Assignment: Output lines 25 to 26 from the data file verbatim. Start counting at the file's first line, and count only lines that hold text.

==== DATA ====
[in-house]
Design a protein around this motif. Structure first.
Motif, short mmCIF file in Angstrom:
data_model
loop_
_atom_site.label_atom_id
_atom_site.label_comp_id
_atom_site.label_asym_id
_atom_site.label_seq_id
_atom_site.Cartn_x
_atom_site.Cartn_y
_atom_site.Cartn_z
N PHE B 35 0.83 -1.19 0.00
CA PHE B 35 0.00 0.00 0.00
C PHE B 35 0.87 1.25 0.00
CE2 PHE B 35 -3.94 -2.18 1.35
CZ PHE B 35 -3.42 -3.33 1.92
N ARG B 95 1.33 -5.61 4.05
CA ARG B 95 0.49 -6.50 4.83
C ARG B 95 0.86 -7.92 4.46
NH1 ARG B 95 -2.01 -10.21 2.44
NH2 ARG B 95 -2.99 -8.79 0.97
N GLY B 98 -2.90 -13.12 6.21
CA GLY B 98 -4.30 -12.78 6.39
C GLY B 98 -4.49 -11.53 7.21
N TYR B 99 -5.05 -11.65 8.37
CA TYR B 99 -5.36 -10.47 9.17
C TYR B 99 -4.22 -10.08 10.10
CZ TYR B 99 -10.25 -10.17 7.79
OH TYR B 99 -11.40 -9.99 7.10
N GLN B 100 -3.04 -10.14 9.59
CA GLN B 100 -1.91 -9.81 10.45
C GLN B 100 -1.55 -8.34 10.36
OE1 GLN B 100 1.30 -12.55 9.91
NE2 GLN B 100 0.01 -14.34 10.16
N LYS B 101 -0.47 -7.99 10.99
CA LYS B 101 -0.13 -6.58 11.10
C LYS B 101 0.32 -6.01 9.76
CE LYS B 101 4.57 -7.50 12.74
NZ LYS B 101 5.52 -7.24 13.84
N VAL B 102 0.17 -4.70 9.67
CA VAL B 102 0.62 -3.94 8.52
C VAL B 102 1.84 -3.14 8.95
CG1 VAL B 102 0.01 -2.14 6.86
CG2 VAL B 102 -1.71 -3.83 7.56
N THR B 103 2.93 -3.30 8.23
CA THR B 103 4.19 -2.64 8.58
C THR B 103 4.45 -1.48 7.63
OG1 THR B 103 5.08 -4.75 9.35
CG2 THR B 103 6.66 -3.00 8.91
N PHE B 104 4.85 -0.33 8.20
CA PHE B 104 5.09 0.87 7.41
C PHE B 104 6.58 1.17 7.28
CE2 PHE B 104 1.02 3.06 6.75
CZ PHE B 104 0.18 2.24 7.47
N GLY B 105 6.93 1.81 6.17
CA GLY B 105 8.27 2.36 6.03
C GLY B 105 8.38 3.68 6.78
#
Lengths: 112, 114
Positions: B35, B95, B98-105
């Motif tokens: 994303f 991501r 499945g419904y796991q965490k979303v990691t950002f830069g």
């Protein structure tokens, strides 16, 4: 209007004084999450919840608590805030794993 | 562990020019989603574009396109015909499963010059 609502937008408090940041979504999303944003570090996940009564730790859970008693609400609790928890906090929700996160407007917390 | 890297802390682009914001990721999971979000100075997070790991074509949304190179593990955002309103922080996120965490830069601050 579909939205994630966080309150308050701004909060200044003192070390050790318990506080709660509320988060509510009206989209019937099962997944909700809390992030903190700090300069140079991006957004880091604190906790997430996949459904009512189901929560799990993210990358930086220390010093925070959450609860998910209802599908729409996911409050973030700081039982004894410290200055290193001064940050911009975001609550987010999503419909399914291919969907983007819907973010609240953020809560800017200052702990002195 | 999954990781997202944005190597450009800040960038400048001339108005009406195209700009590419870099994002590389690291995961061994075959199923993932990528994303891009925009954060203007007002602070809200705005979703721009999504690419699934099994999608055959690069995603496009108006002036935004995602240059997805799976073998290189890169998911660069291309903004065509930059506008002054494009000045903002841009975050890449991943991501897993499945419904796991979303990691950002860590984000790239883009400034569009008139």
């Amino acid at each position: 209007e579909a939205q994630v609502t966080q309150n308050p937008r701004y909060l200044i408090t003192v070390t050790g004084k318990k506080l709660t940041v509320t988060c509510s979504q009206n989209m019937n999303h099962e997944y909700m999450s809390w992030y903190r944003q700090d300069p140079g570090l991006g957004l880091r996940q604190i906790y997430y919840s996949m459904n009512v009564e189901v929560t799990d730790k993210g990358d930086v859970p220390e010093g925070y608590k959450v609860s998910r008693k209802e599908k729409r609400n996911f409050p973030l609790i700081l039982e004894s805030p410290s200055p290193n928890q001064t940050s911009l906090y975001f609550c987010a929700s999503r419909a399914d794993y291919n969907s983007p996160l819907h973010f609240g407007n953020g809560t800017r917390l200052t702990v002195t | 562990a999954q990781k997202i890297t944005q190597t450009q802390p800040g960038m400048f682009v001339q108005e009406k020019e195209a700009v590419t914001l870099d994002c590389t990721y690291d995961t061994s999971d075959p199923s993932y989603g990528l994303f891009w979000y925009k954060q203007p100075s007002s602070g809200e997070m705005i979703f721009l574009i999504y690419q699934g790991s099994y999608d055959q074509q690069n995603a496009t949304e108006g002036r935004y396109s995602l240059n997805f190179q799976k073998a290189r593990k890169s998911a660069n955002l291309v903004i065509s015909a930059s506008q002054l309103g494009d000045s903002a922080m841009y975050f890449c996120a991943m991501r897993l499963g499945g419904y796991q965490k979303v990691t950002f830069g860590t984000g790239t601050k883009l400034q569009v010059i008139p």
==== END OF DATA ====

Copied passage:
C GLY B 98 -4.49 -11.53 7.21
N TYR B 99 -5.05 -11.65 8.37